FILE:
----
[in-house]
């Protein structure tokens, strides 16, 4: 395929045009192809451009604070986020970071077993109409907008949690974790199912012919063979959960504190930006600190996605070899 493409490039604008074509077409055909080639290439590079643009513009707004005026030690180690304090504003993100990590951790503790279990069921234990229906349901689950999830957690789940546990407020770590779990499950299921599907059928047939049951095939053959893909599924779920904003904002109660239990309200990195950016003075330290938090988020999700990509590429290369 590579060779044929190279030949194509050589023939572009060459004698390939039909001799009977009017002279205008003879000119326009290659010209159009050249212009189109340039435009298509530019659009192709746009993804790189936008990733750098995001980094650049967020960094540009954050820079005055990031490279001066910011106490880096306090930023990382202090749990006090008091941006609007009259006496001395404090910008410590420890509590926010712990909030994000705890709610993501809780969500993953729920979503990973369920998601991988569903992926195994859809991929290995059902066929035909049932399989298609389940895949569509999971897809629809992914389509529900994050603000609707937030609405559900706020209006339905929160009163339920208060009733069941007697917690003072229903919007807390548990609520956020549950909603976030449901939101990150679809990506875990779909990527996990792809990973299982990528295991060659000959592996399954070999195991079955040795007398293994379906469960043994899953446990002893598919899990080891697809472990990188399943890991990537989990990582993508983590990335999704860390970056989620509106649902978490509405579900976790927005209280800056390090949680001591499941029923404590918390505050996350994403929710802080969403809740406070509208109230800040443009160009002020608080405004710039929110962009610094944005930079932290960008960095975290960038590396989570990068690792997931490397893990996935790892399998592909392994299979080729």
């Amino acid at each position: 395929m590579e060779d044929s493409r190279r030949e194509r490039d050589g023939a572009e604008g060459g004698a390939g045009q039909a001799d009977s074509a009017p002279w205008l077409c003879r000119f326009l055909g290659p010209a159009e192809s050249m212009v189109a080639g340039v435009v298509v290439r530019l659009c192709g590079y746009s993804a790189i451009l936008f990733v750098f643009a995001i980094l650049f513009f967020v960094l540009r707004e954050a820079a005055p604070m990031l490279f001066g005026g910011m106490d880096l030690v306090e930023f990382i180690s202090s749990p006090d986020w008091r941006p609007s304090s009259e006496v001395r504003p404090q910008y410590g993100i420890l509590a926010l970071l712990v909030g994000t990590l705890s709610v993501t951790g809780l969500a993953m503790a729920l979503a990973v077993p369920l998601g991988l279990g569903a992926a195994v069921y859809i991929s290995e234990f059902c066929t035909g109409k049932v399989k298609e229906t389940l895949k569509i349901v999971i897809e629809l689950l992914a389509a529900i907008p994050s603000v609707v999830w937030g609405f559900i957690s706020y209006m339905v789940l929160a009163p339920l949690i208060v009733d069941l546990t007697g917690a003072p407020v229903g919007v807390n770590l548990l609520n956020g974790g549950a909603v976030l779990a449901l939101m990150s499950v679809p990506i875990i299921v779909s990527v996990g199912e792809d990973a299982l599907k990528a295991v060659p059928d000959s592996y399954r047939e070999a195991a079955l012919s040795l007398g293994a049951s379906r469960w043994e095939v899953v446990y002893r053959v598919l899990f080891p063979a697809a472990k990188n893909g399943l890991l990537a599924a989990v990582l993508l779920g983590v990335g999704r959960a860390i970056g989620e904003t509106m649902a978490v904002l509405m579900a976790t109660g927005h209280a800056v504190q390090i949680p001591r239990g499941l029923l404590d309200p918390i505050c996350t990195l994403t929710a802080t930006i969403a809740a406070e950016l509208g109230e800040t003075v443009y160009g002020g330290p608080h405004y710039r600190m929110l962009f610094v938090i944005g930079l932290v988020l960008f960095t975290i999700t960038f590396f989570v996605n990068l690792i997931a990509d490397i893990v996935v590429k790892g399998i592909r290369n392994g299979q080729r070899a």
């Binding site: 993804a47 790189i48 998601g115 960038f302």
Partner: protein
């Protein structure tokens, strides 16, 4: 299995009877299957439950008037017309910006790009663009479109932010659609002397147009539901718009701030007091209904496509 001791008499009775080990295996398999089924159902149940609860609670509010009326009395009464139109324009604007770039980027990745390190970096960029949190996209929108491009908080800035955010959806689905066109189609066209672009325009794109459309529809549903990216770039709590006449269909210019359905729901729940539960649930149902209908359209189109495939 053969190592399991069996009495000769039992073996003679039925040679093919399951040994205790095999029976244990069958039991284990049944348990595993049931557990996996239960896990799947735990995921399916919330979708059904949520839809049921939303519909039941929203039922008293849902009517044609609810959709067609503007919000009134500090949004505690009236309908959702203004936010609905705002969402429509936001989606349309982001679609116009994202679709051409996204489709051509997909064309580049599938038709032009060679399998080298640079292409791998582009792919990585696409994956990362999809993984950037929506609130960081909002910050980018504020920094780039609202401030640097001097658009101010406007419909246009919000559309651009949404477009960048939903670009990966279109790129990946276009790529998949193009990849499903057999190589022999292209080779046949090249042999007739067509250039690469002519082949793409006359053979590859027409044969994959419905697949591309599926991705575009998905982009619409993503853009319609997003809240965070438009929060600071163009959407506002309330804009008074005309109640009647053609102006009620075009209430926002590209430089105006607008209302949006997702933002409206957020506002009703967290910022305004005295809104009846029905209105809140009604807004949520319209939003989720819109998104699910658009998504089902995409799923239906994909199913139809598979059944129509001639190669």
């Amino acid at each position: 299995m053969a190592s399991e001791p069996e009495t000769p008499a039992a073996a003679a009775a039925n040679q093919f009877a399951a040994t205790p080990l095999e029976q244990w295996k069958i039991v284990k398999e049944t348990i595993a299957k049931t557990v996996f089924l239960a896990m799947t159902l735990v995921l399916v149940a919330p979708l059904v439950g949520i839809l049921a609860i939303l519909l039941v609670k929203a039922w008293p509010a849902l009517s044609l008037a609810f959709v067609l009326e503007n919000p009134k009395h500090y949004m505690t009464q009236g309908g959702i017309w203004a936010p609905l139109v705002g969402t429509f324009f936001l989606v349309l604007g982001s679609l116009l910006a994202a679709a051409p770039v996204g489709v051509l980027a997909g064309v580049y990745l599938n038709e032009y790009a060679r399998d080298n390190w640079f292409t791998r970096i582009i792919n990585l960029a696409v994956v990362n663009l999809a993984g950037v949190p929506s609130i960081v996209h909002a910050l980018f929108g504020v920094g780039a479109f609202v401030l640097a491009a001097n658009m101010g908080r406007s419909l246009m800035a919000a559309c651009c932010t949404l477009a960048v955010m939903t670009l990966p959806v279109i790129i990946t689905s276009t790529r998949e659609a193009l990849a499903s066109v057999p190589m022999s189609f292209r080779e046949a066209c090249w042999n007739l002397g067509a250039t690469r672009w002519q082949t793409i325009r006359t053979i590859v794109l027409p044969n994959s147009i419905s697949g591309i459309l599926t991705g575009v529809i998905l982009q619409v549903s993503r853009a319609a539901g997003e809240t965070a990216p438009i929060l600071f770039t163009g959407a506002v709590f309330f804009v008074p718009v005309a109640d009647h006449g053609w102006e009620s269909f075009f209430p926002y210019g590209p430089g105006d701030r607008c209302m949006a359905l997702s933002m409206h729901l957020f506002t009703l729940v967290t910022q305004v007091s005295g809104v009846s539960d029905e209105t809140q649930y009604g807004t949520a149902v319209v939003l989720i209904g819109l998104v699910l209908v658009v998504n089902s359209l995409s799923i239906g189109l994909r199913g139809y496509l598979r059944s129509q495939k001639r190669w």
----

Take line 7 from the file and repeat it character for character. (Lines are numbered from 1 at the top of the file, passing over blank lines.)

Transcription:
């Amino acid at each position: 299995m053969a190592s399991e001791p069996e009495t000769p008499a039992a073996a003679a009775a039925n040679q093919f009877a399951a040994t205790p080990l095999e029976q244990w295996k069958i039991v284990k398999e049944t348990i595993a299957k049931t557990v996996f089924l239960a896990m799947t159902l735990v995921l399916v149940a919330p979708l059904v439950g949520i839809l049921a609860i939303l519909l039941v609670k929203a039922w008293p509010a849902l009517s044609l008037a609810f959709v067609l009326e503007n919000p009134k009395h500090y949004m505690t009464q009236g309908g959702i017309w203004a936010p609905l139109v705002g969402t429509f324009f936001l989606v349309l604007g982001s679609l116009l910006a994202a679709a051409p770039v996204g489709v051509l980027a997909g064309v580049y990745l599938n038709e032009y790009a060679r399998d080298n390190w640079f292409t791998r970096i582009i792919n990585l960029a696409v994956v990362n663009l999809a993984g950037v949190p929506s609130i960081v996209h909002a910050l980018f929108g504020v920094g780039a479109f609202v401030l640097a491009a001097n658009m101010g908080r406007s419909l246009m800035a919000a559309c651009c932010t949404l477009a960048v955010m939903t670009l990966p959806v279109i790129i990946t689905s276009t790529r998949e659609a193009l990849a499903s066109v057999p190589m022999s189609f292209r080779e046949a066209c090249w042999n007739l002397g067509a250039t690469r672009w002519q082949t793409i325009r006359t053979i590859v794109l027409p044969n994959s147009i419905s697949g591309i459309l599926t991705g575009v529809i998905l982009q619409v549903s993503r853009a319609a539901g997003e809240t965070a990216p438009i929060l600071f770039t163009g959407a506002v709590f309330f804009v008074p718009v005309a109640d009647h006449g053609w102006e009620s269909f075009f209430p926002y210019g590209p430089g105006d701030r607008c209302m949006a359905l997702s933002m409206h729901l957020f506002t009703l729940v967290t910022q305004v007091s005295g809104v009846s539960d029905e209105t809140q649930y009604g807004t949520a149902v319209v939003l989720i209904g819109l998104v699910l209908v658009v998504n089902s359209l995409s799923i239906g189109l994909r199913g139809y496509l598979r059944s129509q495939k001639r190669w």